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Oil-based insecticides have come a long way in the last few decades. Lighter and more versatile than the “dormant oils” of yesteryear, today’s horticultural oils can be used at most times of the year and are effective against a wide variety of insects. They’re also among the most benign pesticides, decomposing within a few days of application and causing minimal harm to beneficial insects and other untargeted organisms. Accordingly, many brands of horticultural oils are OMRI LISTED for organic gardening.
Most new-wave horticultural oils derive from petroleum, although an increasing number are vegetable-oil-based. In all cases, they’ve undergone several rounds of processing to remove impurities, such as sulfur that can damage leaves and other soft plant tissues. Their relatively high purity (92 percent or greater) and low viscosity allows them to go places – such as directly on foliage – that are largely off limits for old-school “dormant oil sprays.”
Almost all horticultural oils work not by poisoning pests but by mechanically coating and smothering them. Consequently, they’re an excellent remedy for infestations of slow-moving, soft-bodied arthropods, such as aphids, mites, and whiteflies. They also control a number of plant diseases, including powdery mildew and aphid-transmitted viruses.
Neem oil departs from the norm by disrupting insects’ feeding and development via several biologically active compounds. Virtually non-toxic to humans and other mammals, it’s effective against a relatively wide range of pests, including some that are resistant to other horticultural oils.
Horticultural oils come with a few provisos. First, they lose their effectiveness in rain, drought, cold (sub-40 degrees F), heat (90-degrees-plus), or high humidity. Additionally, even highly refined horticultural oils can sometimes cause minor damage to flowers and tender new plant growth. Horticultural oils are also said to be mildly toxic to a number of plant species including ferns, Japanese maples (Acer palmatum), and smoke trees (Cotinus spp.), although this may not apply to the highly purified oils currently in use.
Of course, horticultural oils are effective and ecologically friendly only when they’re properly used on visible pests at vulnerable points in their life cycles. A thorough, targeted coating of oil at the right time will put a serious dent in a susceptible pest infestation. Conversely, indiscriminate spraying will likely do more harm to beneficials and foliage than to pests. It’s always good horticultural practice to know your enemy and to read the label.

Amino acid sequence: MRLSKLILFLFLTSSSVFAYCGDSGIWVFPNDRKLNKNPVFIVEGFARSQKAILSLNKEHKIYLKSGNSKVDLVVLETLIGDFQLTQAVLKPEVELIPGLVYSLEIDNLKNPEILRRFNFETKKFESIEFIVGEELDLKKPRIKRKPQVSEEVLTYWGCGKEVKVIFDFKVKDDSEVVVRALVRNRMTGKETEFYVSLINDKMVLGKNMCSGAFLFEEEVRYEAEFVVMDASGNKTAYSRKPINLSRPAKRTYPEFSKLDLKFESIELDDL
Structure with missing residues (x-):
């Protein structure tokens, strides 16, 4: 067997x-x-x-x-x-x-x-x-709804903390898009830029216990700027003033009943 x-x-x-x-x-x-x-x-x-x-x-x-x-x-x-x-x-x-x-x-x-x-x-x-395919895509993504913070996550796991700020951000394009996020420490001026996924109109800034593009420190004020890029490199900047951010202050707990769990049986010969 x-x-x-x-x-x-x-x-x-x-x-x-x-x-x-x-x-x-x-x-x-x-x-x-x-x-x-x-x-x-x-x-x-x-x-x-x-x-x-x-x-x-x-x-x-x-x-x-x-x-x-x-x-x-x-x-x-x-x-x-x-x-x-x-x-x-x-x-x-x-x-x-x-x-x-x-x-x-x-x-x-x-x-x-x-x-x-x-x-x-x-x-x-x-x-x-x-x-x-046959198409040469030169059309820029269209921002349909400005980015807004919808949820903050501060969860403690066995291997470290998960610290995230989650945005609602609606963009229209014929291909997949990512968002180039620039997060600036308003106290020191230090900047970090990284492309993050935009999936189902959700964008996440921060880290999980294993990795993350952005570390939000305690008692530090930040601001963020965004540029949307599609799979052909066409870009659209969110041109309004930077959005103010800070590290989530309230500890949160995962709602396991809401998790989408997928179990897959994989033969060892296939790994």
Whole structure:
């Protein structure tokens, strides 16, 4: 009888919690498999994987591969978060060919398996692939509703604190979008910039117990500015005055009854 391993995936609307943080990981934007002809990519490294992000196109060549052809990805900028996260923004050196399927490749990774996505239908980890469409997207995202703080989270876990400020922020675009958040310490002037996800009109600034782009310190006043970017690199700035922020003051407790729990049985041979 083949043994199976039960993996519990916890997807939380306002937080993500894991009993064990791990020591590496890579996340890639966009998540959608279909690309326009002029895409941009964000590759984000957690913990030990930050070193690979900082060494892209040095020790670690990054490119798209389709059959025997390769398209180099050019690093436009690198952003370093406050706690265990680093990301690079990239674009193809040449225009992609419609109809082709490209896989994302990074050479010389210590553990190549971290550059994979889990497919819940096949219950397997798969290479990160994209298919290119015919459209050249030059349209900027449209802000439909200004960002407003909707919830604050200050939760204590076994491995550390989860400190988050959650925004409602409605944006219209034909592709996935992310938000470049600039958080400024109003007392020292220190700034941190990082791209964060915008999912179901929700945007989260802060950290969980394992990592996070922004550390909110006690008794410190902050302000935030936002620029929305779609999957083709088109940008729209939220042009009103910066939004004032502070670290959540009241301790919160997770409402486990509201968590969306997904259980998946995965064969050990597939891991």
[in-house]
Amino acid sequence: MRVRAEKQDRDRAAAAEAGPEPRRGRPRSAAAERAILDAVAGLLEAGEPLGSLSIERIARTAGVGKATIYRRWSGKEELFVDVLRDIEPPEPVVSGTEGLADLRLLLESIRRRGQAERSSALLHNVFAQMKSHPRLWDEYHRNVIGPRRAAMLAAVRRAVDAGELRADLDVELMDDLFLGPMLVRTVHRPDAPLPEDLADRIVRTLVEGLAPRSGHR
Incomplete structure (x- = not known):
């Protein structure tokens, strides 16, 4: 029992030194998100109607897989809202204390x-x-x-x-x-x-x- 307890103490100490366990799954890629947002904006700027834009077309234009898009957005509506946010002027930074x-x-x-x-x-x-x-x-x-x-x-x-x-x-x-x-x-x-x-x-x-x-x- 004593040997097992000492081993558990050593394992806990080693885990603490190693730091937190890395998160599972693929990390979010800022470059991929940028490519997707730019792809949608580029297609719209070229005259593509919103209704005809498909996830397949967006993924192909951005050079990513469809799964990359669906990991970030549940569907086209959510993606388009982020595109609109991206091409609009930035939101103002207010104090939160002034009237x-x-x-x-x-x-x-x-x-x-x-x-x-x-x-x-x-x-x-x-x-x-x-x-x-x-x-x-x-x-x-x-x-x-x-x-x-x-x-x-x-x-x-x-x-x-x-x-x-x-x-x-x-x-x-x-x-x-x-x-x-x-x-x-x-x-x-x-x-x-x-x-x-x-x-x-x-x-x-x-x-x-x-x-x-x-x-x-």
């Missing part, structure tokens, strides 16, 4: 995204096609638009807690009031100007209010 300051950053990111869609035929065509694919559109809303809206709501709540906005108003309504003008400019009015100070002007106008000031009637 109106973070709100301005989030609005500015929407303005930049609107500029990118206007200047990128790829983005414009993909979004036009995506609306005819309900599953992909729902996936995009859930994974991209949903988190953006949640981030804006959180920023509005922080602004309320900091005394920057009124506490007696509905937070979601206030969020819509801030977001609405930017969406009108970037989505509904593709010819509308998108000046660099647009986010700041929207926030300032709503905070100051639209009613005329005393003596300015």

The horticultural oil season begins in late winter, as temperatures moderate and overwintering pests begin to shake their slumber. Hemlock woolly adelgids (pest info here), euonymus scale (pest info here), and spruce spider mites (pest info here) are among the insects and mites to look for and treat at this time.
Use horticultural oils from mid-spring to fall to control the likes of aphids, lacebugs (pest info here), spider mites (pest info here), powdery mildew (pest info here), and sawfly larvae such as “rose slugs” (pest info here). Mild days in late fall are a good time to spray scales, mites, and other pests that survived early spring treatment.
Indoor plant pests are also fair game, whatever the season. Your spider-mite-infested weeping fig and all your other insect-plagued houseplants will welcome a quick visit to the back porch for a spritz of death-dealing horticultural oil. Or you can give your plants (and their insect pests) a bath by inverting them into a bucket filled with highly diluted horticultural oil. Outside or in, horticultural oils are an environmentally friendly solution to a host of insect problems.
The first and perhaps most important choice in creating a garden is this: will it work WITH its surroundings, or against them? We can try to grow what we want to grow, heedless of the garden’s natural and domestic conditions, or we can choose plants and strategies that fit the situation on (and under and above) the ground. We can pour on the labor and chemicals to try to force the garden to bow to our will, or we can go with its currents, letting its characteristics be our guide. One choice leads to landscapes that are at odds with their setting, such as lawns in Phoenix. The other leads, in some cases, to permaculture.
Permaculture means different things to different people. Perhaps its ideal goal, though, is to create a landscape that sustains itself, its natural surroundings, and the people who steward it. Such a landscape rides with the rhythms of nature, with plants and microbes and soil and air working together as a cohesive, self-nurturing unit that requires minimal inputs of nutrients and labor. Here are some ways to do this.
Know your site. What are your soil and sun factors? What plants best fit your yard and wants? Then you can make smart choices for your yard and garden. (Much as you love raspberries, they’ll languish in too much shade. How about elderberries instead?) The garden’s domestic setting is also a factor. For instance, plantings should generally become less formal and more naturalistic with distance from buildings and paths.
Work with natural cycles and processes. Start a compost pile for spent vegetation and uneaten produce, to return their nutrients and organic matter to the soil. Mulch with beneficial amendments (such as Fafard Garden Manure Blend) and fertilize with organic materials that support beneficial soil microbes and boost organic matter. Disturb the soil as little as possible, to maintain its structure and to avoid bringing buried weed seeds to the surface to germinate.
Sustain “good” insects by minimizing pesticide use and by utilizing plants that attract them (such as members of the parsley and aster families). Cut back native perennials in early spring rather than fall, to provide food for birds, protection from erosion, and refuge for beneficial insects.